In 2020, we are reminded by our parish priests to choose an area we would like to improve on and start working on it. Let’s begin with a topic that we often take for granted – Stewardship.

Owner VS Stewardship

There are 2 ways to look at things – Owner or Steward. Which is better?


An Owner perceives that one possesses stuff – one’s time, gifts, talents, body, opportunities, people around. Some may even say “I own all of these. God, what have you done for me lately?”

In the Parable of the Talents (Matthew 25:14-30), if we see ourselves as an owner is not as great as it seems.

When we see ourselves as the owner of something, we hold onto it more closely for fear of losing it. When that thing is taken from us, we may become resentful.


A Steward understands that none of the stuff that he/she has belongs to him/her. It has all been entrusted by God to us to care of. “I am alive today. All the gifts and talents are not mine. What do you want me to do with it today?”

We may have been conditioned to think that being a owner is the Dream, however, as the U.S. Bishops’ Pastoral Letter on Stewardship teaches us, being a steward is much better. Read full document here.

To be a Christian Steward

“As each one has received a gift, use it to serve one another as good stewards of God’s varied grace” (1 Pt 4:10).

Our lives are not our own, our talents are not our own, our bodies are not our own, our homes are not our own. Not even our families. God owns all of these things, and we have done nothing to deserve them. God has entrusted them to us. If we see everything we have as a gift from God, we will always have a reason to be thankful.

What identifies a steward?

Disciples as Stewards

Let us begin with being a disciple: a follower of our Lord Jesus Christ. As members of the Church, Jesus calls us to be disciples.

Jesus’ disciples and Christian stewards recognize God as the origin of life, giver of freedom, and source of all things. We are grateful for the gifts we have received and are eager to use them to show our love for God and for one another. We look to the life and teaching of Jesus for guidance in living as Christian stewards.

Stewards of Creation

The Bible contains a profound message about the stewardship of material creation: God created the world, but entrusts it to human beings.

The Second Vatican Council points out that, through work, we build up not only our world but the Kingdom of God, already present among us. Work is a partnership with God—our share in a divine human collaboration in creation. It occupies a central place in our lives as Christian stewards.

Stewards of Vocation

Jesus calls us, as his disciples, to a new way of life—the Christian way of life—of which stewardship is part. But Jesus does not call us as nameless people in a faceless crowd. He calls us individually, by name. Each one of us – clergy, religious, lay person; married, single; adult, child-has a personal vocation. God intends each one of us to play a unique role in carrying out the divine plan.

The challenge, then, is to understand our role – our vocation – and to respond generously to this call from God. Christian vocation entails the practice of stewardship. In addition, Christ calls each of us to be stewards of our personal vocations, which we receive from God.

Stewards of the Church

Stewards of God’s gifts are not passive beneficiaries. We cooperate with God in our own redemption and in the redemption of others. We are also obliged to be stewards of the Church – collaborators and co-operators in continuing the redemptive work of Jesus Christ, which is the Church’s essential mission.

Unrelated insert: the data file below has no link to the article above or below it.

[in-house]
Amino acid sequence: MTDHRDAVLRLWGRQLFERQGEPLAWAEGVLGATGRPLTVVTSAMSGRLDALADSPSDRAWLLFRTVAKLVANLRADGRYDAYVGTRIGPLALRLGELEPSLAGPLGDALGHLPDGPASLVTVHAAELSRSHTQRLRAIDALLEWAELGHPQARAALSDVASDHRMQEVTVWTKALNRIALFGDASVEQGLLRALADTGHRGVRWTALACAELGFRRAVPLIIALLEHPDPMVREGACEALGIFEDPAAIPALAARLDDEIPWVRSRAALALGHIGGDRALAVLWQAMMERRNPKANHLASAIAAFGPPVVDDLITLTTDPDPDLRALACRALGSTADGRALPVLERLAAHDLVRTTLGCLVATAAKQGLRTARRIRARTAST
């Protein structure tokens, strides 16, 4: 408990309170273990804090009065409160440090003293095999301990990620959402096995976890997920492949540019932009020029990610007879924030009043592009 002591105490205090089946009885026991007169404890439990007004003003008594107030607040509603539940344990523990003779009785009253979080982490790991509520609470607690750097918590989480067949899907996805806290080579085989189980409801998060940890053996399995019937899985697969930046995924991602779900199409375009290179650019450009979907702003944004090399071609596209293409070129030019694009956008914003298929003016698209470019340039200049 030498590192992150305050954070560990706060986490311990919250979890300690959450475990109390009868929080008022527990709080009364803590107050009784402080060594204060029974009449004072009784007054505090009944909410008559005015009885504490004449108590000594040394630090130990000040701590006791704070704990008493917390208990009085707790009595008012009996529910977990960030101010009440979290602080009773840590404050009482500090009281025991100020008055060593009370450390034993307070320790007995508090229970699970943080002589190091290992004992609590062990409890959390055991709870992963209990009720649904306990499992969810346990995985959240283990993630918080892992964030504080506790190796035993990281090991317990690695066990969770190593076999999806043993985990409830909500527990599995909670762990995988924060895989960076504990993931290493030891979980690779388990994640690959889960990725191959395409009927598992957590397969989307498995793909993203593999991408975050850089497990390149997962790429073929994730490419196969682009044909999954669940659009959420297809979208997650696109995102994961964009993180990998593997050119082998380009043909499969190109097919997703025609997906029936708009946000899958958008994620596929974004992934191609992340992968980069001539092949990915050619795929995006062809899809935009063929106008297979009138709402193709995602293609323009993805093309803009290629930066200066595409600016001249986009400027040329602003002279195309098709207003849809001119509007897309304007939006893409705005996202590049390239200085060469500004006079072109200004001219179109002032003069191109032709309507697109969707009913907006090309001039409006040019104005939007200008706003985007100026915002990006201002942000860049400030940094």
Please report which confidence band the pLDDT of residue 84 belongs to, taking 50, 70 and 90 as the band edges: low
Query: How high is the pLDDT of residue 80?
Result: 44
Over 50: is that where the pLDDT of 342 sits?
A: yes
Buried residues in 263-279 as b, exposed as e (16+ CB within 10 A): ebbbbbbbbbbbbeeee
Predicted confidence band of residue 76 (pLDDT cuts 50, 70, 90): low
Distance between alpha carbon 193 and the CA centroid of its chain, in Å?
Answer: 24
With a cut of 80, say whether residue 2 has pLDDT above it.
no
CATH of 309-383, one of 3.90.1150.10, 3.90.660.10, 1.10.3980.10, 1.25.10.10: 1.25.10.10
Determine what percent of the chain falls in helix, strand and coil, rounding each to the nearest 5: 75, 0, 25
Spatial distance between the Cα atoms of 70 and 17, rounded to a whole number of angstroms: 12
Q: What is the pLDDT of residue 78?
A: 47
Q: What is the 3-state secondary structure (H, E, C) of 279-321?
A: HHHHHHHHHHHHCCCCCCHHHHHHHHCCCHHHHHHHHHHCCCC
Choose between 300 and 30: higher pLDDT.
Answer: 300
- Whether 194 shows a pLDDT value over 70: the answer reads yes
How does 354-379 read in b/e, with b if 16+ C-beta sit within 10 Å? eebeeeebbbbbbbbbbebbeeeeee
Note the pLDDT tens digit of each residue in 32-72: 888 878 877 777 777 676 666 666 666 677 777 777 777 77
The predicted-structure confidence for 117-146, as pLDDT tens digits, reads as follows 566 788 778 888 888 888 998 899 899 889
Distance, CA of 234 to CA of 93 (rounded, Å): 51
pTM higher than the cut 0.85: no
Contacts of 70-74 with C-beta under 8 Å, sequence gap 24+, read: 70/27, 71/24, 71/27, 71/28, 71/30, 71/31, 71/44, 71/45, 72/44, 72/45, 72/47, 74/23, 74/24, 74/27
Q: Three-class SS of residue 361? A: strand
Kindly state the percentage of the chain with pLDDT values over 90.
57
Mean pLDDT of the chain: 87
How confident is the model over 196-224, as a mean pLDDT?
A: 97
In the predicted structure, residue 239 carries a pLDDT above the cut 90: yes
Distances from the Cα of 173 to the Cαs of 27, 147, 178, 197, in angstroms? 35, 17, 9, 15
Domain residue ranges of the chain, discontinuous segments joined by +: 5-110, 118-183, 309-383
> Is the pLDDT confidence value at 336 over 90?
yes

This mission-proclaiming and teaching, serving and sanctifying-is our task. It is the personal responsibility of each one of us as stewards of the Church.

Obstacles to Stewardship

People who want to live as Christian disciples and Christian stewards face serious obstacles.

In many nations, a dominant secular culture often contradicts religious convictions about the meaning of life. This culture frequently encourages us to focus on ourselves and our pleasures.

At times, we can find it far too easy to ignore spiritual realities and to deny religion a role in shaping human and social values. As Catholics who have entered into the mainstream of society and experienced its advantages, many of us also have been adversely influenced by this secular culture. We know what it is to struggle against selfishness and greed, and we realize that it is harder for many today to accept the challenge of being a Christian steward. It is essential, therefore, that we make a special effort to understand the true meaning of stewardship and live accordingly.

A Steward’s Way

The life of a Christian steward models the life of Jesus.

It is challenging and even difficult, in many respects, yet intense joy comes to those who take the risk to live as Christian stewards.

Women and men who seek to live as stewards learn that “all things work for good for those who love God” (Rom 8:28).

After Jesus, we look to Mary as an ideal steward. As the Mother of Christ, she lived her ministry in a spirit of fidelity and service; she responded generously to the call. We must ask ourselves: Do we also wish to be disciples of Jesus Christ and Christian stewards of our world and our Church? Central to our human and Christian vocations, as well as to the unique vocation each one of us receives from God, is that we be good stewards of the gifts we possess. God gives us this divine-human workshop, this world and Church of ours.

The Spirit shows us the way. Stewardship is a part of that journey

By Julianne Danielle Lim

Source & adapted: